Energy company AGL is expecting to spend in the region of $300 million over three years as part of a digital transformation program.
AGL managing director and CEO, Andy Vesey, revealed details of the planned investment today during a briefing on the company’s full year results.
“It is about delivering an industry leading digital experience to drive value for customers and ultimately change the quality of their relationship with AGL,” Vesey said.
The program has three core components: Foundational capability, digital adoption and what the CEO described as “signature moments” made possible through AGL’s digital investment.
“The foundational capability component relates to the significant investment in core technologies, processes and people to create the digital platform,” Vesey said. “Bear in mind much of our IT architecture predates the smartphone age.”
The CEO said that a significant portion of the capability that AGL will seek to invest in relates to the data-driven personalisation of services.
“The digital adoption component relates to the digital enablement of all key customer interactions, such as signing up to AGL, billing, issue resolution and moving house,” Vesey told the briefing. “The signature moment component is the part of the transformation that relates to delivering digital experiences that charm and delight the customer in unmatched ways.”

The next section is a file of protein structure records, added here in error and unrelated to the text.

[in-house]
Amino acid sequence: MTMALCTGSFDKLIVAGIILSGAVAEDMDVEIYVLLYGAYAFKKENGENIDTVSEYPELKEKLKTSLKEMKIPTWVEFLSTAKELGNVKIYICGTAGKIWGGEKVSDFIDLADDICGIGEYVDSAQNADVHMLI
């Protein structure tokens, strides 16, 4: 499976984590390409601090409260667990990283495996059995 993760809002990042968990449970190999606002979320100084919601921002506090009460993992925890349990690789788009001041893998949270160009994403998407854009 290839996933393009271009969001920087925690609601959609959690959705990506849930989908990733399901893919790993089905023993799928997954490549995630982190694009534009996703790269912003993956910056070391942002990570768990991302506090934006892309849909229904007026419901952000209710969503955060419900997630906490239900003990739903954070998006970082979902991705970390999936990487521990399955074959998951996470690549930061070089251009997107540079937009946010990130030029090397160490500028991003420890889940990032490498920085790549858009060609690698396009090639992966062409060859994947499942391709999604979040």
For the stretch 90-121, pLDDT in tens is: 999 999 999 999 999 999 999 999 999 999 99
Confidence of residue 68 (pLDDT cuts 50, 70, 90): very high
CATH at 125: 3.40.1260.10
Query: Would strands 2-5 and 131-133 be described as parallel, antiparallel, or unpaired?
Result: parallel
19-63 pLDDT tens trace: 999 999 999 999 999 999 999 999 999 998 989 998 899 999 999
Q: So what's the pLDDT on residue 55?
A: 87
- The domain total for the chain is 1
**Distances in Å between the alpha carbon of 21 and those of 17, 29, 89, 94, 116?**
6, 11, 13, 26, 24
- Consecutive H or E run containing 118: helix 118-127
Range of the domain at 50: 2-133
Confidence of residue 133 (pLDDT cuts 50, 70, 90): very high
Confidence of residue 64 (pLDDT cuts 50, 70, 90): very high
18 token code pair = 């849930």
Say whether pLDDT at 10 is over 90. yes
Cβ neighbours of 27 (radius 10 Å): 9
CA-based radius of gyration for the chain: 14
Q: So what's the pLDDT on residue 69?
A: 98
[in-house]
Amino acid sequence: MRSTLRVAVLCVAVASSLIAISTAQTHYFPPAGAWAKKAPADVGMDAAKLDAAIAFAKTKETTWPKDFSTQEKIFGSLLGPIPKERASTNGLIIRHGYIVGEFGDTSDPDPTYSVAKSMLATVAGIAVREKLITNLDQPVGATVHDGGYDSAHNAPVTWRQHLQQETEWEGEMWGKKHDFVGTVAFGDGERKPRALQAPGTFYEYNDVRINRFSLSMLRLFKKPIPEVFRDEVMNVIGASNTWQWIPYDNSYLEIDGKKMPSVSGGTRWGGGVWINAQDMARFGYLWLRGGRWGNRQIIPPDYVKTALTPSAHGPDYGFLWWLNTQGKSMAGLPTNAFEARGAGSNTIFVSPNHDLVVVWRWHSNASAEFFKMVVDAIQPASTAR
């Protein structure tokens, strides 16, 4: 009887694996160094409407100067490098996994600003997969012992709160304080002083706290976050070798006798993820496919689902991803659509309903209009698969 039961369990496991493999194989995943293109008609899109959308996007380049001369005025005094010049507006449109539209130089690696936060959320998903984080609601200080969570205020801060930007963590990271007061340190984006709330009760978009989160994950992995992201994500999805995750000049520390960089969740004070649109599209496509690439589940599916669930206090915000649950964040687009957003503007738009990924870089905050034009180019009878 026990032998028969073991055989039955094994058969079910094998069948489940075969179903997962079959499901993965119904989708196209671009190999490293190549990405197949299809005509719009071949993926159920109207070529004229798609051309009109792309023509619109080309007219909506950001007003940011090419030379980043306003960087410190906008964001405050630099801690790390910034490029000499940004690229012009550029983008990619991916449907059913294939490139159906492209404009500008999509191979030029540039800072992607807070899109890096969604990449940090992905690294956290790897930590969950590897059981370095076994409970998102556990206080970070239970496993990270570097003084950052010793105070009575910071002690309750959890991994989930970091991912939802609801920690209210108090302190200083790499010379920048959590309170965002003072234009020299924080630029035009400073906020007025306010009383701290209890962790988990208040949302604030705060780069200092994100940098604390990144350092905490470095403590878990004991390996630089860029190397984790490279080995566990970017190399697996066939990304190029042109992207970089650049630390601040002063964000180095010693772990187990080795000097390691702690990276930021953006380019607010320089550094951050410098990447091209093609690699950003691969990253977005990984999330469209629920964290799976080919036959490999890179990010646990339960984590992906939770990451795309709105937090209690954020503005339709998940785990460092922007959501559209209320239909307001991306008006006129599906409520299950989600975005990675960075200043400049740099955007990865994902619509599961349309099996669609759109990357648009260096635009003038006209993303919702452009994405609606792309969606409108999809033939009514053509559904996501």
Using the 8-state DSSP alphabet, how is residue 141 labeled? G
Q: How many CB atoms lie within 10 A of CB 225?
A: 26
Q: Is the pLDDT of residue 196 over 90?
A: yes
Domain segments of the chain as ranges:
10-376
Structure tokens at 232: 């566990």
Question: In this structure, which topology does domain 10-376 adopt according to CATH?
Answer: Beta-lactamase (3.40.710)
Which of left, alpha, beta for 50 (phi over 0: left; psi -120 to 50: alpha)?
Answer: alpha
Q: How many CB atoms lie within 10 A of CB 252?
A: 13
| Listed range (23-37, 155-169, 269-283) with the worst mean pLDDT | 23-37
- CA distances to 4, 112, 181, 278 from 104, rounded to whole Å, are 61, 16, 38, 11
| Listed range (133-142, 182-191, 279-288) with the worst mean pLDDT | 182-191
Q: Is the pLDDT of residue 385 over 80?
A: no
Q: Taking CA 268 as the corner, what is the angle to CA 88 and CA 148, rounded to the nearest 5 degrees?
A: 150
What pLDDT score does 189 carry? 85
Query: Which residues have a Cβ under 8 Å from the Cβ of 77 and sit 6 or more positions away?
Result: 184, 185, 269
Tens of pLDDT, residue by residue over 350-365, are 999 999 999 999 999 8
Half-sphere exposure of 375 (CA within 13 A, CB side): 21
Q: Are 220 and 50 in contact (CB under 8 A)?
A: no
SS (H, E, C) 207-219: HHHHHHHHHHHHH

As outcomes of the program, AGL expects improved customer acquisition and retention, improved front-office efficiency and accelerated take up of new, profitable digital offerings, the CEO said.
In September last year AGL recruited the Commonwealth Bank IT executive Simon Moorfield to be the energy
company's new CIO. Moorfield's appointment followed a
significant restructure that AGL begun implementing earlier in 2015, which included the departure of CIO Owen Coppage.
During today's briefing Vesey also touched on AGL’s ‘virtual power plant’ project in South Australia, which will be based on the platform of US company Sunverge and involve the rollout of 1000 connected batteries in homes and businesses in the state.
“It offers consumers the opportunity to be part of the world’s largest virtual power plant, giving them greater ability to consume more of the energy generated from their own rooftop solar systems, lowering power bills, reducing emissions and purchasing a battery at a significant discount,” Vesey said in a statement on the project issued last week.
“The virtual power plant will be capable of storing 7 MWh of energy, with an output equivalent to a 5 MW solar peaking plant. We believe it will demonstrate alternative ways to manage peaks in energy demand, contributing to grid stability and supporting the higher penetration of intermittent, renewable generation on the grid.”
AGL acquired 22 per cent of Sunverge for $22 million in early February. Development of the South Australian project will commence in September.
AGL reported a statutory loss after tax of $408 million for the year ended 30 June, which the company said reflected write-downs in natural gas assets and changes in the fair value of certain electricity derivatives. Underlying Profit was $701 million, up 11.3 per cent.